Howdy chicos und meninas,
So unless you’ve managed to avoid any sort of contact with me and my Facebook profile for the past couple of years (you lucky thing, you), you will already be aware that in 2010 I ventured out to live for a year in the land of cacti, fiestas and tequila, also referred to as ‘Mexico’, as part of my university studies. Now a couple of weeks into my séjour in Rennes, crepes have been eaten (greedily), lessons have been taught (shakily) and French has been spoken (poorly), and as is natural, I’ve begun drawing comparisons between two very different experiences abroad.
Of course, as countries, France and Mexico couldn’t be any less similar to one another. Geographically, socially, politically – they’re worlds apart. And indeed, my experiences in both countries have, themselves, varied considerably. Within my first seventeen days in Mexico I’d been to a Mexican rock concert, been invited to be a judge at an “English festival” and experienced homesickness to a degree I had never thought possible for me, all whilst being drenched in my own sweat. Conversely, my first seventeen days in France have revolved mainly around flat-hunting, desperately sorting out administrative issues such as a bank account, and working out how the hell to teach English to French students, all whilst being drenched by the Breton rain.
Neither of these experiences would be ‘easy’ for anyone, and certainly they weren’t/aren’t for me! But what follows is a comparison of the most salient areas of concern when moving abroad – in an attempt to judge which is less tricky; moving to France, or moving to Mexico.
Whilst the idea of moving to a country where the average winter temperature is in the high twenties might seem appealing to some of you, as someone of English and Irish descent, with skin so pale it makes many recoil in abject horro, I have to say, the heat is not all that it’s cracked up to be. OK, so we’re not talking unbearable, Sahara Desert heat here – but I feel obliged to stress that cultural conventions also play a role, simply, it is just not considered normal in Mexico to wear summer attire outside the month of May. Maybe it’s just the Latino blood, but Mexicans don’t seem to feel the heat like us poor Anglo-Saxon types from chillier parts. As such, if you want to fit in (i.e. avoid attracting even more attention to yourself as an ambling milk bottle), you can forget shorts and t-shirts. That’s right – it’s jeans, jumpers and even winter coats in 25 degrees. Still sound good? We don’t have this issue in France. I live in Brittany, a region mocked by the French and by themselves for having shit weather, i.e. rain, and whose thermometers probably don’t even go up to 25. Indeed, we are not too far geographically from the UK, the weather here is very much like in England: windy and rainy, then randomly sunny before being randomly cold – in short; it’s mixed and unpredictable. Conversely, in Mexico I went seven months without seeing a drop of rain. OK, so I act constant sunshine is a real burden – that’s not really the case. In fact, on the whole, I do prefer Mexican weather. Sure, it has its disadvantages – the lack of rain makes Mexico fairly devoid of greenery (unless they’ve got fancy sprinklers installed), fans become indispensable tools that you’ve step over your dead mother’s body to get (not really, love you mum!) and buying about twenty bottles of water a day is less than ideal, but once you’re used to all that it beats the cold. Plus, it rains shitloads in July there anyway, so even rainophiles eventually get their fill. But in terms of moving to a new country as a Briton, it’s a damn sight easier going to a country, for the most part, puddles on the ground are due to the rain and not your sweat. France wins this one.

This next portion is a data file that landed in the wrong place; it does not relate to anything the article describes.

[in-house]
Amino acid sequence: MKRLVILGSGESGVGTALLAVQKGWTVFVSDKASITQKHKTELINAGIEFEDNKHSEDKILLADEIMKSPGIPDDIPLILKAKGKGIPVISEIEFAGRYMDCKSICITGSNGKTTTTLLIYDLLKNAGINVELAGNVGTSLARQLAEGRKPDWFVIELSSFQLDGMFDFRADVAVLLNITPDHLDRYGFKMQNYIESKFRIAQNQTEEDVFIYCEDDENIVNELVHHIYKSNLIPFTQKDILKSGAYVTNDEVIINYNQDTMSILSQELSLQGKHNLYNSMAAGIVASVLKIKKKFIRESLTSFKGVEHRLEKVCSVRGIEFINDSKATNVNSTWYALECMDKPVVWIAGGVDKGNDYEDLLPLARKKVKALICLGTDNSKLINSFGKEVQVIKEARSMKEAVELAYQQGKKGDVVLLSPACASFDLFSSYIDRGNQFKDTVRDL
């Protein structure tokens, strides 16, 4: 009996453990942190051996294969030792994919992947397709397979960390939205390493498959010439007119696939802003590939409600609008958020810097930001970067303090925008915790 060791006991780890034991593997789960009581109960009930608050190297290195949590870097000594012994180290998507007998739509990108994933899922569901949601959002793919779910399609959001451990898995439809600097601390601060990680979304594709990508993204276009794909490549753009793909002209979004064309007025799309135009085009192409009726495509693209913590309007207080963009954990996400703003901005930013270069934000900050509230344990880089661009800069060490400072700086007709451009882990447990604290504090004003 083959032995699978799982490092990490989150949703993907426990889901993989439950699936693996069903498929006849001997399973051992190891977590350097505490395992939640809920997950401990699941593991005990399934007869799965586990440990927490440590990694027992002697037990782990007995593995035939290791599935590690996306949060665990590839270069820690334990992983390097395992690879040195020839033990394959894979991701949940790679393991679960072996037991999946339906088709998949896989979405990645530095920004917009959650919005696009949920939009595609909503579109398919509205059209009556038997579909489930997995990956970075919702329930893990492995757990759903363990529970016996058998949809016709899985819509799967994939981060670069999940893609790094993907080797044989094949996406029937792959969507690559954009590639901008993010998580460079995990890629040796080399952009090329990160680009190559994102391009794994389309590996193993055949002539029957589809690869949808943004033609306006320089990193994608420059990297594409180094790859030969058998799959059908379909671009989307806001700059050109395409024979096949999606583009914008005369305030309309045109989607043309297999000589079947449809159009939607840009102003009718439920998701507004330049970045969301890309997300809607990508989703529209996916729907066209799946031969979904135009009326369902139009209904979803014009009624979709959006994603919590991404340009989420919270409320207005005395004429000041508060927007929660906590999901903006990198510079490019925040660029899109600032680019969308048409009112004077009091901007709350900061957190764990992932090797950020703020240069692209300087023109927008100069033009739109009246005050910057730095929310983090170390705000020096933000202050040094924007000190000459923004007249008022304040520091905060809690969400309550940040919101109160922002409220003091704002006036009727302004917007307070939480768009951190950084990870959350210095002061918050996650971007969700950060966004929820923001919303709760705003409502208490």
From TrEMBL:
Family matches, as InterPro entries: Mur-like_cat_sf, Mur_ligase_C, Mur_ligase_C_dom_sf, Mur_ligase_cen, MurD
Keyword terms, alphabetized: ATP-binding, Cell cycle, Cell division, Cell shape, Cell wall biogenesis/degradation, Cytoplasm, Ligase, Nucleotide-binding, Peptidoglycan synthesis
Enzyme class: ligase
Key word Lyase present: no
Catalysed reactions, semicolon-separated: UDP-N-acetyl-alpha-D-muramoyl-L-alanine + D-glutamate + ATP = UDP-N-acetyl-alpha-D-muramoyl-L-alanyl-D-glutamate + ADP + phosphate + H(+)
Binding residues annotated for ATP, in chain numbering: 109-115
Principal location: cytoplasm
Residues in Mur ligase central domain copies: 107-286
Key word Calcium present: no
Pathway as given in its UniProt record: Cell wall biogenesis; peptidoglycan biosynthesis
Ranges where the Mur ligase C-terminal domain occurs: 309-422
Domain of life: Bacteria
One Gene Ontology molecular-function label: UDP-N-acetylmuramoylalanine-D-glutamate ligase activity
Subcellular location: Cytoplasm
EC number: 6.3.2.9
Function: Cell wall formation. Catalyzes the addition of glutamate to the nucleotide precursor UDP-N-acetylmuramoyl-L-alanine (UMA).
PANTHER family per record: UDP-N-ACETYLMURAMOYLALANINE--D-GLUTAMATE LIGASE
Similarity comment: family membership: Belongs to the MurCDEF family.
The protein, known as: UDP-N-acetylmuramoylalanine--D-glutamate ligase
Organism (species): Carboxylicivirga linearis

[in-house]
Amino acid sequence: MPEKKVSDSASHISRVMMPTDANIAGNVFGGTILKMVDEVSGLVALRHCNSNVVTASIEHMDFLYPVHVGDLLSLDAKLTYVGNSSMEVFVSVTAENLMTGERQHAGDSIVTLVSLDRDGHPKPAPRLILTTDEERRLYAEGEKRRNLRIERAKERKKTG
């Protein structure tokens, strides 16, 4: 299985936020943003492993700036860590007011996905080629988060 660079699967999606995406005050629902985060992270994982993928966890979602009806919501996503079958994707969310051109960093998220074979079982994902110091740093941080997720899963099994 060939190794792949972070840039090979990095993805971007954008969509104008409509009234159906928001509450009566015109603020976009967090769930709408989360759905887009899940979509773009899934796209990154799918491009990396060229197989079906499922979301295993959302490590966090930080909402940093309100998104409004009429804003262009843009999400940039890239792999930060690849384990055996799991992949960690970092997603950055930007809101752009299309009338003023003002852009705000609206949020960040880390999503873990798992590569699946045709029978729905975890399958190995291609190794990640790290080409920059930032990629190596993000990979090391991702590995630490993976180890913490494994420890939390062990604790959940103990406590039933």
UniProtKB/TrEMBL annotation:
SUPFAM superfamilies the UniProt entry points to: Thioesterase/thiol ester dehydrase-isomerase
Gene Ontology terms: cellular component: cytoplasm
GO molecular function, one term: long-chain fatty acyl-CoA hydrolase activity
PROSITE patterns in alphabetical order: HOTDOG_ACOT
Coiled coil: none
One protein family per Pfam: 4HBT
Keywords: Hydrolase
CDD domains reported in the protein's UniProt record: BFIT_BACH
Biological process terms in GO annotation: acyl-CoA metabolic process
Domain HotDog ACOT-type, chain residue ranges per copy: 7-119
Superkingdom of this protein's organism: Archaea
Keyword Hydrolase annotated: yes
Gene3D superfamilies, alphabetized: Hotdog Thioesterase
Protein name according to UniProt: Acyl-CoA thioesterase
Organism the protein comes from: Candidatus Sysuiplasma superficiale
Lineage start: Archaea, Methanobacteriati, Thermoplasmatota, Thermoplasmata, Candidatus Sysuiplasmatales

MEXICO 0 -1 FRANCE